Trump’s White House event in focus over Covid spread

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Media captionSenator Mike Lee, who later tested positive for Covid-19, seen hugging other attendees

US President Donald Trump’s tweet on Friday confirming that he and his wife had tested positive for coronavirus shocked the world.

With Mr Trump now in hospital, there are growing questions about how the pair were exposed to the virus.

A crowded Rose Garden event is coming under intense focus – the ceremony on 26 September where Mr Trump formally announced his nomination of the conservative Amy Coney Barrett for the Supreme Court. The World Health Organization says it commonly takes around five to six days for symptoms to start after contracting the virus.

Footage from the scene showed few attendees wearing masks. The seating was not set two metres (six feet) apart, while some bumped fists, shook hands or even hugged one another in greeting.

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Attorney General Bill Barr greets guests including Chris Christie (wearing the pink tie)

Eight people who attended are now confirmed to have the virus – although it is unclear exactly where and when they caught it. Aside from the president and the First Lady:

  • New Jersey ex-Governor Chris Christie announced he had the virus on Saturday
  • Kellyanne Conway, who resigned as Mr Trump’s senior adviser in August, confirmed on Friday she had tested positive
  • Mike Lee, a Republican senator from Utah, confirmed his positive test on Twitter, as did North Carolina senator Thom Tillis
  • The University of Notre Dame confirmed their president, Reverend John Jenkins, also has Covid-19
  • An unnamed journalist who attended the event also has the virus, according to the White House Correspondents’ Association

Mr and Mrs Trump tested positive after the president’s communications director, Hope Hicks, contracted the virus. She did not attend the Rose Garden event.

Guidelines published by the Centers for Disease Control recommend six feet of distance between people outside your home, and covering your nose and mouth when others are around you.

Dozens of lawmakers, family members and staff from the White House were at the event. Those who have tested positive were seated in the first few rows of the crowd.

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Those who have tested positive were sat in the first few rows of the packed event

Gatherings of more than 50 people at an event are banned under Washington DC coronavirus regulations, although federal property like the White House is exempt.

The Washington Post reports that authorities have left contact tracing efforts to the Trump administration. An official from Mayor Muriel Bowser’s office told the paper that if all eight people were infected at the event, it would be one of the highest community spread incidents Washington DC has experienced.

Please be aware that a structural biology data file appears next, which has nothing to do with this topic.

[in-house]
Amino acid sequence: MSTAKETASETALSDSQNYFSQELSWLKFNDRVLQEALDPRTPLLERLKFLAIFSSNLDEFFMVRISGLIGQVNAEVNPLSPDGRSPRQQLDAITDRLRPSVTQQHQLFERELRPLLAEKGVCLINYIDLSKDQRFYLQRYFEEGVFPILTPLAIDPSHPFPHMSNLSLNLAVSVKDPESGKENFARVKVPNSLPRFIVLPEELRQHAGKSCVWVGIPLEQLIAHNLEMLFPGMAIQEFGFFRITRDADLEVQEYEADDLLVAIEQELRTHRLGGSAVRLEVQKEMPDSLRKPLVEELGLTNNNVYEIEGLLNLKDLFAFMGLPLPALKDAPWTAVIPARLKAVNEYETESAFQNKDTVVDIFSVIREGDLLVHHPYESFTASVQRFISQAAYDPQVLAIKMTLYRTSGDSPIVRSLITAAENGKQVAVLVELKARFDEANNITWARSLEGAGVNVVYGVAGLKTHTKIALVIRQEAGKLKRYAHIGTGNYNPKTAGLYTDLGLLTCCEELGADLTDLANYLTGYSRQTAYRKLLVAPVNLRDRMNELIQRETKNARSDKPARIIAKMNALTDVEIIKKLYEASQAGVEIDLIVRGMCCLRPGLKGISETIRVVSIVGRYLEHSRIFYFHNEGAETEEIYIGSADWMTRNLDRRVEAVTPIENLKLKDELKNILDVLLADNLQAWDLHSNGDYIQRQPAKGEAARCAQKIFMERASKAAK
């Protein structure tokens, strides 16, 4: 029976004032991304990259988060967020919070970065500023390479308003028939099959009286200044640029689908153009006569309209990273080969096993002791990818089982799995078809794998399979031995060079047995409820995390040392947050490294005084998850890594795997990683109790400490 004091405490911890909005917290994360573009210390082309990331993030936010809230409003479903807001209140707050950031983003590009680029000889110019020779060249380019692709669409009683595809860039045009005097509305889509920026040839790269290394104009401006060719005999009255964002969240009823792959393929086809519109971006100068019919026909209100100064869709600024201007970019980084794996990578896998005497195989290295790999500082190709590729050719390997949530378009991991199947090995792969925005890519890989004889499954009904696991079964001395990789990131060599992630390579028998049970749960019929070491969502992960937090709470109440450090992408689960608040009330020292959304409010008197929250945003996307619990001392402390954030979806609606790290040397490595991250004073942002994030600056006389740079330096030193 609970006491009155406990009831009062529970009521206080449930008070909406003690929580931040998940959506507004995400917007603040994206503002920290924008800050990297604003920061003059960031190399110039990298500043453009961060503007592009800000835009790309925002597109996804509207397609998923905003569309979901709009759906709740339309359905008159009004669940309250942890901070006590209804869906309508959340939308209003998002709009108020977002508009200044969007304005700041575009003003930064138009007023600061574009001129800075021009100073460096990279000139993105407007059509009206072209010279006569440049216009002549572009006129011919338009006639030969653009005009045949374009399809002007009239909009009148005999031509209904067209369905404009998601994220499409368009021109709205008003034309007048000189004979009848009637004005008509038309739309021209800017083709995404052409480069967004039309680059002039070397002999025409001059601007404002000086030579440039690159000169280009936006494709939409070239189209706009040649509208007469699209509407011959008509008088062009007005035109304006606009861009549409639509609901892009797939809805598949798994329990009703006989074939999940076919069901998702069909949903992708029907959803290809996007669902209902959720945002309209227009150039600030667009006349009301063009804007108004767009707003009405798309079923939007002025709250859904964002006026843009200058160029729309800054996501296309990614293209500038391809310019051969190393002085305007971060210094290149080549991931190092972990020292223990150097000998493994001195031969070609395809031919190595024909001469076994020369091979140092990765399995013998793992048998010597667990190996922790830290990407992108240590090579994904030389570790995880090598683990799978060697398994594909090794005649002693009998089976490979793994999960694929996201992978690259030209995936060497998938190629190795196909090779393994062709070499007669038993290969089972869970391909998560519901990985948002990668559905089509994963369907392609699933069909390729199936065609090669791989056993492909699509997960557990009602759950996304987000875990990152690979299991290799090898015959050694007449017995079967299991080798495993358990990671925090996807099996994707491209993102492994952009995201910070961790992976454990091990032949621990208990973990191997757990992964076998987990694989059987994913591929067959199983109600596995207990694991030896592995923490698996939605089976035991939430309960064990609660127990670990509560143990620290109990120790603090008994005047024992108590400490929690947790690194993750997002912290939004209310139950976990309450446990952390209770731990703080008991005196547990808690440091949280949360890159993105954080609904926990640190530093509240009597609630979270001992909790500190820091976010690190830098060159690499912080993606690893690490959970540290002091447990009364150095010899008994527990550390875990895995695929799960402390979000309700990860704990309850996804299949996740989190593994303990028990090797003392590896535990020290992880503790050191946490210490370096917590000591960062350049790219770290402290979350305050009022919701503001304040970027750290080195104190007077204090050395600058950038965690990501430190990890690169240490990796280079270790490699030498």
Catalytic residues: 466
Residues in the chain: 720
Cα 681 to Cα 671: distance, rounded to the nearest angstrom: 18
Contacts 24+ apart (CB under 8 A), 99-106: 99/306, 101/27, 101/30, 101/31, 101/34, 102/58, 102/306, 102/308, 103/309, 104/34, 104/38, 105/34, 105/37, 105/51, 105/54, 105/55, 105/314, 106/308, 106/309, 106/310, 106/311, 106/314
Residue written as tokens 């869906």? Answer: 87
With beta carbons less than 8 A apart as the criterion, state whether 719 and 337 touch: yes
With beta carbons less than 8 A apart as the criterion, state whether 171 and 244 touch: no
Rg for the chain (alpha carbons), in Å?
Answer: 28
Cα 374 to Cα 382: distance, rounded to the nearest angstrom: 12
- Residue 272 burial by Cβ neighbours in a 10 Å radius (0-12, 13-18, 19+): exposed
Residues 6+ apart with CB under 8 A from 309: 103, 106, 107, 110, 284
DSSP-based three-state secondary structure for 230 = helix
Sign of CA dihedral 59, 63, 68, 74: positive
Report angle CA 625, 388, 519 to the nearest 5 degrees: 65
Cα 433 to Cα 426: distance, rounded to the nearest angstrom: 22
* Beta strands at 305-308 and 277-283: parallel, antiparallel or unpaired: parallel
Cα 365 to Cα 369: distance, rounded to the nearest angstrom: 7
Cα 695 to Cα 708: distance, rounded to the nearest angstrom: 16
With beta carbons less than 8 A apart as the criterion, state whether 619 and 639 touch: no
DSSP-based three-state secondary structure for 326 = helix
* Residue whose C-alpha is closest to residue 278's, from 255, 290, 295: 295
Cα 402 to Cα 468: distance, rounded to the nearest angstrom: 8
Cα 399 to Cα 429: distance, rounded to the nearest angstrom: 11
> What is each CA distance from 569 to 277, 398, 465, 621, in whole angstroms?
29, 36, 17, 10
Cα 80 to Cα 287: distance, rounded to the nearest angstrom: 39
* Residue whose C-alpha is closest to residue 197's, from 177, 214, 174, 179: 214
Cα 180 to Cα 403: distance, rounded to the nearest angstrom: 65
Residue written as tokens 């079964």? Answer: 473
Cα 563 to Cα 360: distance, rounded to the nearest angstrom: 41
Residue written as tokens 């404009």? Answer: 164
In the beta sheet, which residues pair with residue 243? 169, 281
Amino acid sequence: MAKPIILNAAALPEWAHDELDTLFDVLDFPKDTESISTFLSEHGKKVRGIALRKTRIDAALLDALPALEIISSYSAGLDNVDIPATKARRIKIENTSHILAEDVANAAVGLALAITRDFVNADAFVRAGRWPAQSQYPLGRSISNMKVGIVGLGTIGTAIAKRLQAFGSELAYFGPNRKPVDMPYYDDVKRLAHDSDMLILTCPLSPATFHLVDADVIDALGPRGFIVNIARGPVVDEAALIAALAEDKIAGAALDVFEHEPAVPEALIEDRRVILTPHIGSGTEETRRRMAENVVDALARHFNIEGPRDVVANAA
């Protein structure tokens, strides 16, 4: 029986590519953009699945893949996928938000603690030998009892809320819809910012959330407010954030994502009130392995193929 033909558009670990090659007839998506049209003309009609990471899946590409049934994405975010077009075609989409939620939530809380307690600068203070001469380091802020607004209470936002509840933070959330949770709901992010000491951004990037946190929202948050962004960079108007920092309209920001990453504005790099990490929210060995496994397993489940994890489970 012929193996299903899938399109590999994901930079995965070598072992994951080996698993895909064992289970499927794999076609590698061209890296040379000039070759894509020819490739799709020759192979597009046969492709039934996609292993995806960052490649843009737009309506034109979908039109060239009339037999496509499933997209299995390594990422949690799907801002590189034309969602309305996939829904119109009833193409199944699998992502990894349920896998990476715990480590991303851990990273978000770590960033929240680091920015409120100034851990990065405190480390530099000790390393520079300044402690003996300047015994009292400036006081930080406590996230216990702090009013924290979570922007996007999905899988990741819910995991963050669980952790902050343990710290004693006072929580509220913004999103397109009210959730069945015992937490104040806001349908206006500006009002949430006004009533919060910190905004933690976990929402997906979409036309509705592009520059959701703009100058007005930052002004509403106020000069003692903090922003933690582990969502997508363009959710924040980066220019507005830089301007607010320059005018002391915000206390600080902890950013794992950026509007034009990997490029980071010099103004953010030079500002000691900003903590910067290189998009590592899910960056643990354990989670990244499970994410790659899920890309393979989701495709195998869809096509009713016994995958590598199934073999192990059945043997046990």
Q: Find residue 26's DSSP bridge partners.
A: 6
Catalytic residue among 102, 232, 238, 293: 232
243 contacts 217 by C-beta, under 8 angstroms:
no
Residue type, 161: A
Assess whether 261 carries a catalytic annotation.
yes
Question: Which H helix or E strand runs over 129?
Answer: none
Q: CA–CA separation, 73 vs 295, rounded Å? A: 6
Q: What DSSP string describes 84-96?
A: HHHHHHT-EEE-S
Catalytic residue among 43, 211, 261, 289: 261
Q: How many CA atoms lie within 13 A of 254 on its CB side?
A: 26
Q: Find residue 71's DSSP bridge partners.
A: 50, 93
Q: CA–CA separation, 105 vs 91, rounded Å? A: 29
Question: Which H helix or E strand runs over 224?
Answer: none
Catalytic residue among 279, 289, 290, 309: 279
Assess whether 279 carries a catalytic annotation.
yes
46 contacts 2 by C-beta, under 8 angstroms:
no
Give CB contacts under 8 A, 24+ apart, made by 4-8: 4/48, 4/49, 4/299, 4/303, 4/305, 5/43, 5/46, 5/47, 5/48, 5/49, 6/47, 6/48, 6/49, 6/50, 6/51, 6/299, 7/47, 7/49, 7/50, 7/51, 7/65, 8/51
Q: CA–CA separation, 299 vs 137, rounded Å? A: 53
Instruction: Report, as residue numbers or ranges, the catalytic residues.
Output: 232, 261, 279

City council member Brooke Pinto told the Washington Post it was “disappointing that the White House has flaunted not wearing masks and gathering large crowds”.

“That is not only dangerous messaging for the country, but it is

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Democrats focus on cutting off path to victory for Trump if presidency is thrown to House to decide

And, if successful in elevating Scholten, Biden’s trip could serve as a backstop for his own presidential bid.

A Scholten victory would likely give Democrats eight of Michigan’s 14 seats in the House, helping House Speaker Nancy Pelosi’s newly stated goal of blocking Trump from a last-gasp effort to remain in the White House if he does not win the November election.

It’s all very complicated, but there is a remote chance that neither Trump nor Biden will be a clear winner in the electoral college.

In such a scenario, deciding the presidency falls to the House of Representatives, but in a rare twist mandated by the 12th Amendment after the contested 1800 election, each state’s delegation counts as one vote. So Montana and Alaska, with just one at-large representative, count the same as California with its 53 members and Texas with 36 members.

The victor must receive at least 26 votes, a clear majority. Trump, in recent days, has proclaimed he is ready to fight in courts if he should lose the race, and that he is ready to force the matter all the way to the House.

“I don’t want to go back to Congress, even though we have an advantage if we go back to Congress,” Trump told supporters at a rally Saturday in central Pennsylvania. “Does everyone understand that? I think it’s 26 to 22 or something.”